Meir Panim’s Tiberias Free Restaurant not only provides warm meals, but the opportunity to socialize as well.
In 1729 Luis used his right to own land to purchase a plot in lower Manhattan.
Dr. Yitzchok Levine, a frequent contributor to The Jewish Press, is a professor in the Department of Mathematical Sciences at Stevens Institute of Technology, Hoboken, New Jersey. Glimpses Into American Jewish History appears the first week of each month. Dr. Levine can be contacted at email@example.com.
[vi]The Firsts of American Jewish History by Tina Levitan, The Charuth Press, Brooklyn, NY 1957, page 73.
About the Author: Dr. Yitzchok Levine served as a professor in the Department of Mathematical Sciences at Stevens Institute of Technology, Hoboken, New Jersey before retiring in 2008. He now teaches as an adjunct at Stevens. Glimpses Into American Jewish History appears the first week of each month. Dr. Levine can be contacted at firstname.lastname@example.org.
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Welcome to Food Talk, a new feature that will highlight food bloggers, those enterprising souls who always seem to come up with something new, creative and most importantly, delicious. If you are anything like me, many of the recipes you make are the ones that magically show up in your inbox one morning and if you get lucky, these new dishes fast become family favorites.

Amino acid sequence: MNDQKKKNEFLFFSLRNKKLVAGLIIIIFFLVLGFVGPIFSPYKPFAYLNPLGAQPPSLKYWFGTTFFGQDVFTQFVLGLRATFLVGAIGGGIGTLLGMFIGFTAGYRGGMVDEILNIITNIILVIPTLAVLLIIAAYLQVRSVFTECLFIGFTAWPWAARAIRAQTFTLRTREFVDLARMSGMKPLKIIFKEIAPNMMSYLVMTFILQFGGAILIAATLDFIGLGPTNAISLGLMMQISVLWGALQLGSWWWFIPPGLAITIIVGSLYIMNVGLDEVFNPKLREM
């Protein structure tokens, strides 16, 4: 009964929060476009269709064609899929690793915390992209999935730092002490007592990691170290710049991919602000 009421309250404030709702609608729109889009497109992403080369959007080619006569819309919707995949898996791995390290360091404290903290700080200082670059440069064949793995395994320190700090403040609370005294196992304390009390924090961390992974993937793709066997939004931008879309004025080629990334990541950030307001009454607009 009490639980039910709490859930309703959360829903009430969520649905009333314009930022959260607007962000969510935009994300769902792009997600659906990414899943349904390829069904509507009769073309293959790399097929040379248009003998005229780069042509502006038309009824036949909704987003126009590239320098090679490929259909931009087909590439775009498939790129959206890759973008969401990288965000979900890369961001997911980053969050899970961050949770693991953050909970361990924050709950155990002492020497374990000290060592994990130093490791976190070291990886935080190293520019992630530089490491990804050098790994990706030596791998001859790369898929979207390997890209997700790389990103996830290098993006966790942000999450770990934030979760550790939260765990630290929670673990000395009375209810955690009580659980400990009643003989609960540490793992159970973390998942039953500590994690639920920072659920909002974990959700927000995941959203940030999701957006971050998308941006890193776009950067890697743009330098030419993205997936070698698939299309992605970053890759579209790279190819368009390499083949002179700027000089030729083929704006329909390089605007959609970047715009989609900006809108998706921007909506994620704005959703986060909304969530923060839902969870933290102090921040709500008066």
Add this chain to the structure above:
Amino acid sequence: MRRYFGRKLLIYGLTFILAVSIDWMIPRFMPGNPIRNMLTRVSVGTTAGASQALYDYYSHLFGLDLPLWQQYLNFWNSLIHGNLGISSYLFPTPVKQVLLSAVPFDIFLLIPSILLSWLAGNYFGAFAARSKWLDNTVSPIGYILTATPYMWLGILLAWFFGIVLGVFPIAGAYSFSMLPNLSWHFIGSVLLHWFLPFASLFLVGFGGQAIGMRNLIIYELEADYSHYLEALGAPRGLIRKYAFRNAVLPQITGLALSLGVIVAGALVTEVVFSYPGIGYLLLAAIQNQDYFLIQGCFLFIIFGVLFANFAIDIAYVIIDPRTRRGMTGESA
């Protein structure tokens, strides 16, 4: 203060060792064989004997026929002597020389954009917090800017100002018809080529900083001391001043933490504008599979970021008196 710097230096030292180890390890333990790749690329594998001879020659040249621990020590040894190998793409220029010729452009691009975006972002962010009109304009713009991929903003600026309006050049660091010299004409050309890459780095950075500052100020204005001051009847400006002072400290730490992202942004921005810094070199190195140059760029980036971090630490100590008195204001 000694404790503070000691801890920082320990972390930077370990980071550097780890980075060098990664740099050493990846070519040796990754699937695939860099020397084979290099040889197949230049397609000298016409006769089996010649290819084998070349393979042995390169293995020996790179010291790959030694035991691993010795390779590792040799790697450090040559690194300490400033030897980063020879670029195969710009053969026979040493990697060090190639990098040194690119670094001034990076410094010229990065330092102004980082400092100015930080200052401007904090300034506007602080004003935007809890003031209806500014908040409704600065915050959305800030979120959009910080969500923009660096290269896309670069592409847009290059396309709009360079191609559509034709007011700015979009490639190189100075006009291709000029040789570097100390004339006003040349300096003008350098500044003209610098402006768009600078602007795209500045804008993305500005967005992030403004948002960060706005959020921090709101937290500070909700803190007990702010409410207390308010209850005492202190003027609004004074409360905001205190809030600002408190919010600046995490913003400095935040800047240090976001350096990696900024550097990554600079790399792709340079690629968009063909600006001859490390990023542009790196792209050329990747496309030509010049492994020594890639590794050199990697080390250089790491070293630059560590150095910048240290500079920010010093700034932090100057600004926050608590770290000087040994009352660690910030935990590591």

The wind whistled outside my house, as the lights flickered but thankfully didn’t turn completely off. Being in this situation reminded me of the terrible week and a half in late October when my family and community lost all electrical power due to Superstorm Sandy.
“Nechama Gitty Shapiro is leaving,” said the secretary, poking her head into the classroom. My classmates all turned towards me and whispered, “Where are you going?”
It is a rare season indeed when two major auction houses show not only resplendent offerings of Judaica, but also multiple examples of highly unusual and rare Jewish-themed fine art. That is indeed the case now both at Sotheby’s December 19th auction and the Bonhams recent December 10th auction.
The necessity of speaking up when you “have a hunch” applies even more when it comes to shidduchim. One little girl did just that – she said something – and I was fortunate enough to be in town for the very joyful, lively wedding that resulted from her speaking up.